bus enters the Waukesha Metro Transit terminal.
— Cost, efficiency and time are three important aspects
for workers who commute from Milwaukee to the suburban
counties for their jobs. With a shortage of workers to
fill jobs in Waukesha, Washington and Ozaukee counties,
the WOW Department of Workforce Development Board
conducted a transit ridership survey to collect data that
could help figure out how to connect potential employees
with work and these three items were top of the list for
Catherman, president of WOW Department of Workforce
Development Board, said “it’s not as simple as saying
we need to bring people in from Milwaukee.”
better understand the decision-making process of potential
workers, several groups worked together to collect the
data via survey: Waukesha-Ozaukee-Washington Workforce
Development Board, Milwaukee County Transit System, Metro
Go, JobLines, Employ Milwaukee and Regional Transit
Two-hundred-and-seventy-nine people took the survey, which indicated 51 percent of
respondents take the bus to work, while 50 percent take a
car. Ten percent walk to work and in single-digit
percentages people carpooled, biked, participated in a
church ride share program, did a shared ride service taxi
or used another mode of transportation.
each of the categories, 100 percent of the respondents
said they would travel anywhere from 10 minutes to two
hours for wages that ranged from $18 to $22 per hour,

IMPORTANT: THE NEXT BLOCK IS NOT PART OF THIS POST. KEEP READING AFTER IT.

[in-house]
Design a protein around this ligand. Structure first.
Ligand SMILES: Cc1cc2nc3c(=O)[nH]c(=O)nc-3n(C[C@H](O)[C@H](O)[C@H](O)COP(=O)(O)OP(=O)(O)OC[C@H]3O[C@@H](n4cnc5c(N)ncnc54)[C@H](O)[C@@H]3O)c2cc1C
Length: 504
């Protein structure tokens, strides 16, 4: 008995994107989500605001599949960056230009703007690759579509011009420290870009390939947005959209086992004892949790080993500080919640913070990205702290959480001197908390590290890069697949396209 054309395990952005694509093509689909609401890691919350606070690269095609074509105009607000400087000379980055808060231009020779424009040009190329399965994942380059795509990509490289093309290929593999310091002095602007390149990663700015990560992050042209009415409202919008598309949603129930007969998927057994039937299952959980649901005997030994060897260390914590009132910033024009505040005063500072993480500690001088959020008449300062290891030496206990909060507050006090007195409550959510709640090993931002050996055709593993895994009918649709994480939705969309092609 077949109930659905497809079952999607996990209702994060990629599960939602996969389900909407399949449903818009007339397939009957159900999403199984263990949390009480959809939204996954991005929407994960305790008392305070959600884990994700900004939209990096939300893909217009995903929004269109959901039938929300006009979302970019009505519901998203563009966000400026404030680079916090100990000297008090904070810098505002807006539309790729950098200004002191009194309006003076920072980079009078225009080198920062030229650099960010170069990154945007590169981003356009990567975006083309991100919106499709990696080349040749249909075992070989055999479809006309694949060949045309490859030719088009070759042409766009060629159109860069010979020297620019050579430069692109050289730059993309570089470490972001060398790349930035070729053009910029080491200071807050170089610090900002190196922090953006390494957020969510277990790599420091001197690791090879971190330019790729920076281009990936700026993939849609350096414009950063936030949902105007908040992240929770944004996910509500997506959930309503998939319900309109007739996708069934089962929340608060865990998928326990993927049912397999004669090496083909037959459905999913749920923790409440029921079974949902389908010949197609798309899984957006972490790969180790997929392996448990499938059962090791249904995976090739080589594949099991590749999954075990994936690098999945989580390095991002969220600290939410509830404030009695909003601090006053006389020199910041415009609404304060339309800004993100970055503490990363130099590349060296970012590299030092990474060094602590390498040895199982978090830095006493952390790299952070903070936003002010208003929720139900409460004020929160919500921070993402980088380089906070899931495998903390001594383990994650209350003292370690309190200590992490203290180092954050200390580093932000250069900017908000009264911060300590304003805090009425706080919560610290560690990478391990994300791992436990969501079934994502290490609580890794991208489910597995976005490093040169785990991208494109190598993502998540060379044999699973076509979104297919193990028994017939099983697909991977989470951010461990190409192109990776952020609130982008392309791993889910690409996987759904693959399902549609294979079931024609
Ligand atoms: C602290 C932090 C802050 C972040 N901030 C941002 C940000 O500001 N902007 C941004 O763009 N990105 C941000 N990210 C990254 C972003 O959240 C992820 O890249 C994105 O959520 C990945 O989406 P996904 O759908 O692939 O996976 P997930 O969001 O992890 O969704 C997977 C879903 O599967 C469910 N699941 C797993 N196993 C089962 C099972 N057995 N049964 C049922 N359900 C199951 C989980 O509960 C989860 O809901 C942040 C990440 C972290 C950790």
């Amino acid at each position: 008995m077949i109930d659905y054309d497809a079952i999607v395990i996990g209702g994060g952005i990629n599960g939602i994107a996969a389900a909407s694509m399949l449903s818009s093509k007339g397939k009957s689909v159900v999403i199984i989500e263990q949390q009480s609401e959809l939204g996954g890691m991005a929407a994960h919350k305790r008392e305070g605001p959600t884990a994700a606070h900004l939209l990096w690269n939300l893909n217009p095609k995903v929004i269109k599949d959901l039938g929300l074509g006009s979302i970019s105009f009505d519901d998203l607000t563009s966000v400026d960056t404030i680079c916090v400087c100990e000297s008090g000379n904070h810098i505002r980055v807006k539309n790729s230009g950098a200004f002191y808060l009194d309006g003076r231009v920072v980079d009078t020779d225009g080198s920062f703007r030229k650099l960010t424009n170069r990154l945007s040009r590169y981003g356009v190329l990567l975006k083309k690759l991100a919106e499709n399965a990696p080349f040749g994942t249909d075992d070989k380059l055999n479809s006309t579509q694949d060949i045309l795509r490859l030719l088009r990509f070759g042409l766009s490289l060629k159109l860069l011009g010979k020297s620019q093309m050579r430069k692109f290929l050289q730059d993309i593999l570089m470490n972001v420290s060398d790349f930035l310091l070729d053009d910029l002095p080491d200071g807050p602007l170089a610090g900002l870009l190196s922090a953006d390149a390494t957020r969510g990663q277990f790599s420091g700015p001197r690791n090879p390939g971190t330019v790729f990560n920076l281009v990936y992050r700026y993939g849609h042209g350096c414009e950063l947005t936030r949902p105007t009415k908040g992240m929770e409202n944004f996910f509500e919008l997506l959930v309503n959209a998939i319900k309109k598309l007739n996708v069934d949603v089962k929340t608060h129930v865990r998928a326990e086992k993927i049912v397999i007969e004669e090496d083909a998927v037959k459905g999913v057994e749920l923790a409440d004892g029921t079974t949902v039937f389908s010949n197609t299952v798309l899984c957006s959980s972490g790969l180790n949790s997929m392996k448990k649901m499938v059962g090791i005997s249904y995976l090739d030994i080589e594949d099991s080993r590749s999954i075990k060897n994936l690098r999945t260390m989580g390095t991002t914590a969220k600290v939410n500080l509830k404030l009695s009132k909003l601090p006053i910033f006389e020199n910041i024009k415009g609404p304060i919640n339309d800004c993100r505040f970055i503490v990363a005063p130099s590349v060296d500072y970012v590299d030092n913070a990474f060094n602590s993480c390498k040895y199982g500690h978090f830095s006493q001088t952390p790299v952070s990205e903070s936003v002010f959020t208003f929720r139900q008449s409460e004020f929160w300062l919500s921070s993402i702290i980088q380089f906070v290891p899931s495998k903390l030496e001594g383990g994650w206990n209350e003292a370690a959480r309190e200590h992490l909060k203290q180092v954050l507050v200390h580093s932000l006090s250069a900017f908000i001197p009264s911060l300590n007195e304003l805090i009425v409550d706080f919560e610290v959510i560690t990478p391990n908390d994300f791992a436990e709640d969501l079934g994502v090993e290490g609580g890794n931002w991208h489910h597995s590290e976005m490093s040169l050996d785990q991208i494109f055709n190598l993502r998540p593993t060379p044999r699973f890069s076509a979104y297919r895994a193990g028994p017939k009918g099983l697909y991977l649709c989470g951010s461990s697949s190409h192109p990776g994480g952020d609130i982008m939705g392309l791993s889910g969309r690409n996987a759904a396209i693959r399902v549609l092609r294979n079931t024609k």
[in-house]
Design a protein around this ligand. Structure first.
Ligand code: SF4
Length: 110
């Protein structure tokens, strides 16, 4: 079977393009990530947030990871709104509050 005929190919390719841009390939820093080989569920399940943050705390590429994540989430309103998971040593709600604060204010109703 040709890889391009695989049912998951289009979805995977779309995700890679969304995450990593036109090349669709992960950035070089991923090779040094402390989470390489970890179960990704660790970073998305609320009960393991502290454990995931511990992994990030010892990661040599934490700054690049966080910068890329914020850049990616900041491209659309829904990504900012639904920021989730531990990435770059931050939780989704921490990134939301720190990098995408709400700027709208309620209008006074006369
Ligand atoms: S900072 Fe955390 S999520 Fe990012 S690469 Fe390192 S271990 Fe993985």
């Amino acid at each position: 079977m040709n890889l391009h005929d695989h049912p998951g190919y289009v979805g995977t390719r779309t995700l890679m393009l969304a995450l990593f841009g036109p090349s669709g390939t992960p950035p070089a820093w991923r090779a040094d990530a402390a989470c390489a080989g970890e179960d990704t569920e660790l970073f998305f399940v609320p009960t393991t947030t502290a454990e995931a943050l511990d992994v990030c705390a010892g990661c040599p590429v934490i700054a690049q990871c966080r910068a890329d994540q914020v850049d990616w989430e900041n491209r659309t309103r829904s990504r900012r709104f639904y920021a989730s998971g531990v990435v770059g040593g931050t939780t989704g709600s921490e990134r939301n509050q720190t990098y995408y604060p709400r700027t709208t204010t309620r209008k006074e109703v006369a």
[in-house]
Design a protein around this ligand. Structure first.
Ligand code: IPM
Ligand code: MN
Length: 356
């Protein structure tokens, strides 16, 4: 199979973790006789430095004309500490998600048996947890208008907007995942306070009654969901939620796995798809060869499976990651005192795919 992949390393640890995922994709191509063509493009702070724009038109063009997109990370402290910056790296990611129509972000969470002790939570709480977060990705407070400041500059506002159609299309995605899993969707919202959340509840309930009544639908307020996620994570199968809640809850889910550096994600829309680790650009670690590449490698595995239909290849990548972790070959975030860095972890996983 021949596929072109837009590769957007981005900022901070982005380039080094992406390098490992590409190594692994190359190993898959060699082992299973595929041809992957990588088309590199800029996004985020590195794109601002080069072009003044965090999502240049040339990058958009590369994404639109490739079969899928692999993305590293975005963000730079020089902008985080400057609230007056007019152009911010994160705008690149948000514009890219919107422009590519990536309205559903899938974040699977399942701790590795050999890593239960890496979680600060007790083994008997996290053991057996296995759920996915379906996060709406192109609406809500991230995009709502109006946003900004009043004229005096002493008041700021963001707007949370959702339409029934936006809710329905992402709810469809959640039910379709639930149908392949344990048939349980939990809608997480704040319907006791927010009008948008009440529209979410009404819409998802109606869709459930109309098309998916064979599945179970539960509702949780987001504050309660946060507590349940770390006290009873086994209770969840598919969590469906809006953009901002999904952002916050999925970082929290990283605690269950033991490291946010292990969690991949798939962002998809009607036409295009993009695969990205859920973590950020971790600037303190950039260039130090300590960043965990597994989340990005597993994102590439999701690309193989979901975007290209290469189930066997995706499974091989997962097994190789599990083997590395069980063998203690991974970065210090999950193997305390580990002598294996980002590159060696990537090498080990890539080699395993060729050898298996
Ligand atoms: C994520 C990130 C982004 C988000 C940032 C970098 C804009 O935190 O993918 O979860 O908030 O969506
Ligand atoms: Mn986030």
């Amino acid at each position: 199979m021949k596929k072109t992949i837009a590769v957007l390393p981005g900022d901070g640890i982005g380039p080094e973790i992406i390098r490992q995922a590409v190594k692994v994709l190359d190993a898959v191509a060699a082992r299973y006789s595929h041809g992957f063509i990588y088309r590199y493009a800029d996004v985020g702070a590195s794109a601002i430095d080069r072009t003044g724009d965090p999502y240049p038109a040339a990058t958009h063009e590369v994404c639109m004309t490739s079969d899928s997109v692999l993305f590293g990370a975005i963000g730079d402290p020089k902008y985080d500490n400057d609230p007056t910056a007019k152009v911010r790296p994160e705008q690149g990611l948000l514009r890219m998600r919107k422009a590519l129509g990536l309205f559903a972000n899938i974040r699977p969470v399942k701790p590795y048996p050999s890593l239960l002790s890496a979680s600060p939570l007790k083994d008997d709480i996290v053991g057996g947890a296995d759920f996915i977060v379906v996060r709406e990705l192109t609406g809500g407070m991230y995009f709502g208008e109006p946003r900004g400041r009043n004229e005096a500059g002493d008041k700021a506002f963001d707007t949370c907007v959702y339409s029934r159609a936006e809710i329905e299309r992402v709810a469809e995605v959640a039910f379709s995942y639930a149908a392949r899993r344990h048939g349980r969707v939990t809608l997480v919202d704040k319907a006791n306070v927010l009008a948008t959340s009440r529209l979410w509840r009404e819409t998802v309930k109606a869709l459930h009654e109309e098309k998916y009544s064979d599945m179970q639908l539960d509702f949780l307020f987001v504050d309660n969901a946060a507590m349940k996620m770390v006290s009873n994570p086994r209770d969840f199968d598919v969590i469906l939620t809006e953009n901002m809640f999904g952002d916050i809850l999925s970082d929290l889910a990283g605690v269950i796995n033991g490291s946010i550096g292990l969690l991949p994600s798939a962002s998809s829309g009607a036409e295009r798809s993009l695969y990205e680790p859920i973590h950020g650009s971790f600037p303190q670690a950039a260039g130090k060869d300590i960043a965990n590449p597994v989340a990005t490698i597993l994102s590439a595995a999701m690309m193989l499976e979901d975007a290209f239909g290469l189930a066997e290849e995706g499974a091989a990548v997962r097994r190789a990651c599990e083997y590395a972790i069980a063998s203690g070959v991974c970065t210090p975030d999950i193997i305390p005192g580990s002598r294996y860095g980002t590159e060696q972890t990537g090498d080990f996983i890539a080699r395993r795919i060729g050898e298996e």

while at $10 to $12 per hour, 48.8 percent would travel 10
to 20 minutes, while 25.48 percent would travel 25 to 30
minutes, 18.8 percent would go 35 to 45 minutes, followed
by 15.3 percent for 60 to 90 minutes and 17.95 percent for
90 to 120 minutes.
highlight, according to the survey results, is that the
biggest drop-off was at the 30 to 45 minute mark.
15.1 percent of respondents are willing to take the bus
(172 out of 279) are willing to travel 30 to 45 minutes
for a $10 to $12 per hour job. Few respondents were
willing to travel for more than 45 minutes for less than
$18 per hour.
it comes to transfers, 27 percent said they didn’t want
to make any transfers, while 35 percent said one transfer
was OK, 26 percent said they’d do two transfers, 7
percent said three or more transfers are OK while 5
Decker, Waukesha County Board chairman, said the survey
provides “the data that we have been crying out for.”
For instance, it will aid in determining what it would
take to get workers from Milwaukee to New Berlin to fill
empty jobs in manufacturing.
the group will take the data and consult with experts in
the area and present it in open house formats.
a solution, or more than one, will likely take money.
want the data so we can say, this is the best investment
for you,” Decker said.
solution, Decker believes, will lie with a combined
of the other related issues being discussed include a lack
of bus shelters, dependable day care that is convenient
for the worker and technology that would allow riders to
see where the bus is on the route.
addition to just getting the unemployed to jobs, Decker
said the focus is also on developing them into better
employees by helping them improve their skill set.
want to take the barrier away from getting a job, and
second, from getting a better job,” he said.